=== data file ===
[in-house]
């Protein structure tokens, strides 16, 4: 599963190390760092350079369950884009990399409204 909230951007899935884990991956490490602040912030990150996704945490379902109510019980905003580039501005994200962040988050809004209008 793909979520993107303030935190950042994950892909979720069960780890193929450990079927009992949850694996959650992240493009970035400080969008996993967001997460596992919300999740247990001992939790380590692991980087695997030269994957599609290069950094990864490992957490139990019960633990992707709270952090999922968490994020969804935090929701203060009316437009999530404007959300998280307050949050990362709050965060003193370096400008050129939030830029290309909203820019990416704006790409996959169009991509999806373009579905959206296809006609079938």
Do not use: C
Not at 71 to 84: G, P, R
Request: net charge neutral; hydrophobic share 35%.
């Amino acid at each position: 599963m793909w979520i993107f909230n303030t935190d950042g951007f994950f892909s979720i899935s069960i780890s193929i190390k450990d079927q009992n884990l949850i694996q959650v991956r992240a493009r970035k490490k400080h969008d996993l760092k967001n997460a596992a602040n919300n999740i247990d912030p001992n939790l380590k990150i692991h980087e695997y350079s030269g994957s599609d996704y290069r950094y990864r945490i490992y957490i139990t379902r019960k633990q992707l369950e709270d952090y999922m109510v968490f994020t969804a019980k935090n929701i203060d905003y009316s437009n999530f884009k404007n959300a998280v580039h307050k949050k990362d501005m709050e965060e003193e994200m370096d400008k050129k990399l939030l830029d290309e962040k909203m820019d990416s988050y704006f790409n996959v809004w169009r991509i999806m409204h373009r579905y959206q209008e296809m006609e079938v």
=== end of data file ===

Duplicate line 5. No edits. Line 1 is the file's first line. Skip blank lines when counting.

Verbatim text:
Request: net charge neutral; hydrophobic share 35%.